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Recap / Mad Men S 1 E 12 Nixon Vs Kennedy

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"Mr. Campbell... who cares?"

On election night (November 8, 1960), the Sterling Cooper staff pulls an all-nighter filled with debauched antics while watching the returns. Pete's ambitions cause him to challenge Don directly. Don remembers his past as a soldier in the Korean War.

This episode contains examples of:

  • Accidental Murder: Subversion. Dick Whitman didn't really kill Don Draper, but when he dropped his lighter, the flames caught onto some leaked gas that spread, causing Draper to stumble away while trying to stomp it out. This put him in a dangerous position when their location was bombed again, and he was consumed in a blast that burned him beyond recognition. And so Don took his identity.
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  • Actually Pretty Funny: Ken smiles somewhat at Paul's potshot aimed at him.
  • Amicable Exes: Paul and Joan come to be these, at least for the duration of election night.
  • Attending Your Own Funeral: Variation: After more or less stealing his identity, "Don" is tasked with bringing "Dick"'s body back to the states. Although he can't bring himself to exit the train to present the body, he can see out of the train window his family observing the casket.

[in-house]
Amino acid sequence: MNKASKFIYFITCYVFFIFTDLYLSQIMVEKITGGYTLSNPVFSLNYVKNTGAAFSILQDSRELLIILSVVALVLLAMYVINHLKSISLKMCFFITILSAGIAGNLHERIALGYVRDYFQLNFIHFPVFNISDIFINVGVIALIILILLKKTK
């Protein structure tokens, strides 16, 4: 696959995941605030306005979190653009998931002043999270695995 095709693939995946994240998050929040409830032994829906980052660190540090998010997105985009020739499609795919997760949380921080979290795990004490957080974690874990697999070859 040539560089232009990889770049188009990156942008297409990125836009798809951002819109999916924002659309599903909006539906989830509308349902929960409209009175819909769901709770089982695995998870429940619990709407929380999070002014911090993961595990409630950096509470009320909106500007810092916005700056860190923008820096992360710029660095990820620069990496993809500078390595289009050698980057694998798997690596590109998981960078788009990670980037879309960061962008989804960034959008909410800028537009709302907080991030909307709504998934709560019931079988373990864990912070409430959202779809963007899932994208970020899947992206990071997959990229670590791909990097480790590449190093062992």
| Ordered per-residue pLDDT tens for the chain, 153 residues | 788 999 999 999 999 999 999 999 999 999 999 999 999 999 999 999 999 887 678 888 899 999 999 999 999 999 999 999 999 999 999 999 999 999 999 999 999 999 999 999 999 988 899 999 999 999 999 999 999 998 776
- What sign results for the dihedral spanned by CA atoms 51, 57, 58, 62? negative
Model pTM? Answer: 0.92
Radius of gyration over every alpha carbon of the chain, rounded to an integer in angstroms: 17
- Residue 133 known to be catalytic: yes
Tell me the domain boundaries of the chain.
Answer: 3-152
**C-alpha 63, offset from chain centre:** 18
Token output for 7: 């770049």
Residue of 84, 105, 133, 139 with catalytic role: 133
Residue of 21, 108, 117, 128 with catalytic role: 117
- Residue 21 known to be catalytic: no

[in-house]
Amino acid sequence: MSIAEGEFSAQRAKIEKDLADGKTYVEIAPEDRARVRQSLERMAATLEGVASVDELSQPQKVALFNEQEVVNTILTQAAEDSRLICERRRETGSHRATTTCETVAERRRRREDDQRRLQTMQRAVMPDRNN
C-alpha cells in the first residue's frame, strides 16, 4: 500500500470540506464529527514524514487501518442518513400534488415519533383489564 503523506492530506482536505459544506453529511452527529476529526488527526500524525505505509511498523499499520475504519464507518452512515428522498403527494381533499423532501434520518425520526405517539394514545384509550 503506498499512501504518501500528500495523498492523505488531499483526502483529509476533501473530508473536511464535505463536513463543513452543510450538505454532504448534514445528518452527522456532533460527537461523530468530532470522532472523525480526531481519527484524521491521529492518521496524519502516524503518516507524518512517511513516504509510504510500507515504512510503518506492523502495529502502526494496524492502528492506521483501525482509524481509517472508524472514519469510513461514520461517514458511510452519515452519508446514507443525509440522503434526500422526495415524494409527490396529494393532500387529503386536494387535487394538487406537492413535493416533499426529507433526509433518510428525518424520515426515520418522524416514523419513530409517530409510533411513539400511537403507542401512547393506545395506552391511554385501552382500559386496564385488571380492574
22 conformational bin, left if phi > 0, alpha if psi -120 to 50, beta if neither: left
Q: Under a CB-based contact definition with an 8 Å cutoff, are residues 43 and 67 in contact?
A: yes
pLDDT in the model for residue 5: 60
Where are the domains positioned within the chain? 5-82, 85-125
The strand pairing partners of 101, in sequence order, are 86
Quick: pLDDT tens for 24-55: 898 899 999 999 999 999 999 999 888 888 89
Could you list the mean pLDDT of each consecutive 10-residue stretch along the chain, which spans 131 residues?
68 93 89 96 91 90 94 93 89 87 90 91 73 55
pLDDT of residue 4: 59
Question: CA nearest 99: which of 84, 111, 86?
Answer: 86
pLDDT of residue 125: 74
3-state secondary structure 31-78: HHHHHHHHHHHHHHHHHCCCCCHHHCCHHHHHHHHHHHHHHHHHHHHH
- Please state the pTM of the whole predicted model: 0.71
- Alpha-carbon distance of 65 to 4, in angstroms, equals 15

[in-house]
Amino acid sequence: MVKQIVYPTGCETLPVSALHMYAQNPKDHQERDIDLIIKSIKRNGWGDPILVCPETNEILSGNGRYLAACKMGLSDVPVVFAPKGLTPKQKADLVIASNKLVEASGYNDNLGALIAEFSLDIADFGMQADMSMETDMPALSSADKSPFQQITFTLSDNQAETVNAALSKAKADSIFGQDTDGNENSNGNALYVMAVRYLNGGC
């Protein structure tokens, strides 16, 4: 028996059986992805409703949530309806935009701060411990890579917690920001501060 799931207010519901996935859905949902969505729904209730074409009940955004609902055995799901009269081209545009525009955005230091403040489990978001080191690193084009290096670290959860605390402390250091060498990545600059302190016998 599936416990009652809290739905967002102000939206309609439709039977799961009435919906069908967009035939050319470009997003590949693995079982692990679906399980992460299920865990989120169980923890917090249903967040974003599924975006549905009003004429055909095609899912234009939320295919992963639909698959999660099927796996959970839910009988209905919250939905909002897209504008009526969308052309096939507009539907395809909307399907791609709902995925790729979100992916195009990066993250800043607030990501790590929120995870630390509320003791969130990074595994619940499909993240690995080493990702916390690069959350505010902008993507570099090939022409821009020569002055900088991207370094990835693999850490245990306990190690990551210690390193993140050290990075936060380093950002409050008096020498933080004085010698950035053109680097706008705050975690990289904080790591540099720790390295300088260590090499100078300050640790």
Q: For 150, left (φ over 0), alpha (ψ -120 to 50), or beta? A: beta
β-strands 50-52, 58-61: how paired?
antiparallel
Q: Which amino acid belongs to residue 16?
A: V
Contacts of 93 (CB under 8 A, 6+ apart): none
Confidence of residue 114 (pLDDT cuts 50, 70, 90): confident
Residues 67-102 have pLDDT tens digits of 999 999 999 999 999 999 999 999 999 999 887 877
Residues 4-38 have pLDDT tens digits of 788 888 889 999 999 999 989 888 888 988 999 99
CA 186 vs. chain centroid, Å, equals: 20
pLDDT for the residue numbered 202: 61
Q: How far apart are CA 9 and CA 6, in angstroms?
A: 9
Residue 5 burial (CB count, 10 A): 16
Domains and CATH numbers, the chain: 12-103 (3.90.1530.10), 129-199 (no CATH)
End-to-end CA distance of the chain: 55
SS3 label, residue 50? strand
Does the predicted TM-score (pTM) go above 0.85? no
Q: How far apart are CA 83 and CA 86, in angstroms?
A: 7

• Blackmail: Pete threatens to expose Don's identity if he doesn't make Pete Head of Accounts. Don, deciding it isn't worth having this held above his head, pulls the trigger and has Pete reveal the truth to Bert. Unfortunately for Pete, not only does Bert not believe him, he says that he wouldn't fire Don even if he did.
  • Book-Ends: The episode opens with footage of people preparing to vote for the Nixon/Kennedy election being shown on television. The episode ends with Don watching Nixon's concession speech on television.
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  • Bring My Brown Pants: Don Draper notes that Dick Whitman wet himself during one of the bombardments.
  • Brutal Honesty: Joan doesn't put up a facade when Paul asks her if she liked his play, instead honestly answering "no".